Despite being considered a third rail by many members of Congress, the Pentagon is rolling out proposals to overhaul its military retirement system—including offering cash earlier but lowering the lifetime value for many service members, according to a 44-page document obtained by Military Times.
Some key takeaways from the report:
- The report lays out two concepts for potential reforms, but they would both mean a lower lifetime monetary value for many future service members, compared with the current system.
- Under one proposal, active and reserve members would get "partial benefits" once they retire from the military until they reach their early 60s. Pentagon officials have repeatedly pointed out that many military retirees go on to have second careers before leaving the workforce.
- Under the second proposal, active forces would get full benefits after they retire from the military—but the monetary value would be smaller than what service members get today. And reserve members would have benefits kick in at age 60.
- Both proposals require service members to serve 20 years before they are fully vested in the retirement plans.
- In both concepts outlined, the Pentagon would contribute a certain percentage of annual base pay after two years of service to a 401(k)-like plan. Service members would become vested if they continue serving after six years.
- Both proposals would offer a bonus around the 12-year mark to try to boost retention in mid-career service members. Defense Department officials and members of Congress worry that changing the current military system will hurt the military's chances of keeping top talent.
- The proposals grandfather in current military members and retirees.
The report stresses that the proposals are only meant to be food for thought for a commission looking at compensation and retirement changes. Rear Adm. John Kirby, the Pentagon press secretary, said the commission asked for the Defense Department to provide options, and the Pentagon doesn't side with one over the other.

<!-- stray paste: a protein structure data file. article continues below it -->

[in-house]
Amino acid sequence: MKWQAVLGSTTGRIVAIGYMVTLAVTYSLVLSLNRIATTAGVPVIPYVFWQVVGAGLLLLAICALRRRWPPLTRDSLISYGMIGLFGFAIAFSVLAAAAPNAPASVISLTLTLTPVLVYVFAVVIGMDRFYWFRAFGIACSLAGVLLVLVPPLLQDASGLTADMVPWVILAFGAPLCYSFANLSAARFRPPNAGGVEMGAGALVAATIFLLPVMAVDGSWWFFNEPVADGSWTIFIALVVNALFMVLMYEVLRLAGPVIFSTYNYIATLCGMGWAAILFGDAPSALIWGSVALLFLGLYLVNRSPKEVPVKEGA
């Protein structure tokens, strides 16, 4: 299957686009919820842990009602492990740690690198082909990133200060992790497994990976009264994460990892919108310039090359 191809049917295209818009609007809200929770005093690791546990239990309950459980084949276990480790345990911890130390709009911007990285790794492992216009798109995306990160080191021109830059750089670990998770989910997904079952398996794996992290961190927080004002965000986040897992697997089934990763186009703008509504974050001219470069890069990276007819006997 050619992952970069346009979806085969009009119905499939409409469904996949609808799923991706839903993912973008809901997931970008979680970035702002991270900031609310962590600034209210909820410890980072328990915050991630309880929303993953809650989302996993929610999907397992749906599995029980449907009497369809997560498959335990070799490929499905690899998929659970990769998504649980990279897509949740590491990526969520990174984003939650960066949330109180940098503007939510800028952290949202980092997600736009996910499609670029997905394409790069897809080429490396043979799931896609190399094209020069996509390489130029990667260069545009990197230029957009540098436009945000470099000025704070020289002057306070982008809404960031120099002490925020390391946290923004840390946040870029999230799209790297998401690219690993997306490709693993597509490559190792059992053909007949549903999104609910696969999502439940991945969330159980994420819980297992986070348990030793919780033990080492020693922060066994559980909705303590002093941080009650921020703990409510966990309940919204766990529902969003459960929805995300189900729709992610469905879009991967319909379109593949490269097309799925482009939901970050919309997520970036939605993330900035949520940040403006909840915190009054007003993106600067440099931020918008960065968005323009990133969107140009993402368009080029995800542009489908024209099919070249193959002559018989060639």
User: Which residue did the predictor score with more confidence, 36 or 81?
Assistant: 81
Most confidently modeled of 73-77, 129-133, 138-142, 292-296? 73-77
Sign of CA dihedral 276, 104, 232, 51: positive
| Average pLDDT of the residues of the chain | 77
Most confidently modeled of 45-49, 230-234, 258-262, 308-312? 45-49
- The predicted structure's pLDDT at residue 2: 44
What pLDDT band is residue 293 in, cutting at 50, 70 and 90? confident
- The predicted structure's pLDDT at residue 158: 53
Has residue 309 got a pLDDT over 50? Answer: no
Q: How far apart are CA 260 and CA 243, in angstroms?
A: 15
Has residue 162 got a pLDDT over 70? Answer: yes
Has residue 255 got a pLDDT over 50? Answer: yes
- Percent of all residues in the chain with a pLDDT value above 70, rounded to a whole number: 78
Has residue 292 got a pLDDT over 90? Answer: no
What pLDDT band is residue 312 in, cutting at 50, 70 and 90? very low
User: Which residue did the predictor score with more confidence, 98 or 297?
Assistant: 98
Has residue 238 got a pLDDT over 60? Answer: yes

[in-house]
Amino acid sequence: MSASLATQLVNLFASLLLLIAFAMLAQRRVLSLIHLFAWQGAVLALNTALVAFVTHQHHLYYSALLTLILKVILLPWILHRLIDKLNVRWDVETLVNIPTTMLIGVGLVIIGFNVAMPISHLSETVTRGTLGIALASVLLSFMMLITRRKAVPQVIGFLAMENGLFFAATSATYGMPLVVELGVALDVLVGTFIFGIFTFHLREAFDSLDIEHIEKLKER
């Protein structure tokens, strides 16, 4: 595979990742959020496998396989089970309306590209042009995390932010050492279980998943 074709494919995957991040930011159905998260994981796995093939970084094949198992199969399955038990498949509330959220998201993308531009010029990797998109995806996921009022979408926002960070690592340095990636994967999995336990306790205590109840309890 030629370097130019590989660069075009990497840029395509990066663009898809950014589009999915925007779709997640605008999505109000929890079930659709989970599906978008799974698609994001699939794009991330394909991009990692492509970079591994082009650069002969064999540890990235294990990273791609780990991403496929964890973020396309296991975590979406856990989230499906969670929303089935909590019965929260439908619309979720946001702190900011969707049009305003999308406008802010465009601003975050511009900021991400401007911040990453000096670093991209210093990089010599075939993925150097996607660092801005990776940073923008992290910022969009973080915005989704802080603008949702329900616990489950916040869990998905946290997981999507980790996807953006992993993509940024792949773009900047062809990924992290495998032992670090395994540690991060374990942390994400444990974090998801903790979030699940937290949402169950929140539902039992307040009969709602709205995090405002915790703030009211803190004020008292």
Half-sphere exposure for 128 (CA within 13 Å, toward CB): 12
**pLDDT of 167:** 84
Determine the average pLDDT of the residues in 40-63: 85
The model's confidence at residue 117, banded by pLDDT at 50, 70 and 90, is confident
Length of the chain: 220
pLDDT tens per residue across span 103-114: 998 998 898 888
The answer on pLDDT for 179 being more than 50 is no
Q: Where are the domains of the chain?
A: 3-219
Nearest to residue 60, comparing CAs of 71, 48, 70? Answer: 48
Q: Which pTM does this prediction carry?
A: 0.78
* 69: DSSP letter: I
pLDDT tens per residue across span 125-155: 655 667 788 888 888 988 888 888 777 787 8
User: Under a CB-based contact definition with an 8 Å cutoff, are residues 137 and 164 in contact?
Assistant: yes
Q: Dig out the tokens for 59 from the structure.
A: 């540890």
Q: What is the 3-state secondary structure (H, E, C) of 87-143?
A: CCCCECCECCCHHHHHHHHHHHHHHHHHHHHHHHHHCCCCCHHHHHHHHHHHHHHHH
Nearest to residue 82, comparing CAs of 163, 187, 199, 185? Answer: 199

The Military Compensation and Retirement Modernization Commission's report isn't expected until February 2015, and top Pentagon officials including acting Deputy Defense Secretary Christine Fox have pledged to hold off on formally recommending any changes until after the commission's work is complete.
The report is a complex balancing act of trying to reform a system without affecting the military's ability to retain top talent and recognizing, as Defense officials have said, that something has got to give.
But personnel costs have long been considered sacred ground for Congress, and lawmakers are quickly overturning most of a $6 billion cut to working-age military retiree pensions included in December's budget agreement. The Pentagon is already facing an uphill battle on a handful of changes it is hoping to make as part of its fiscal 2015 budget request.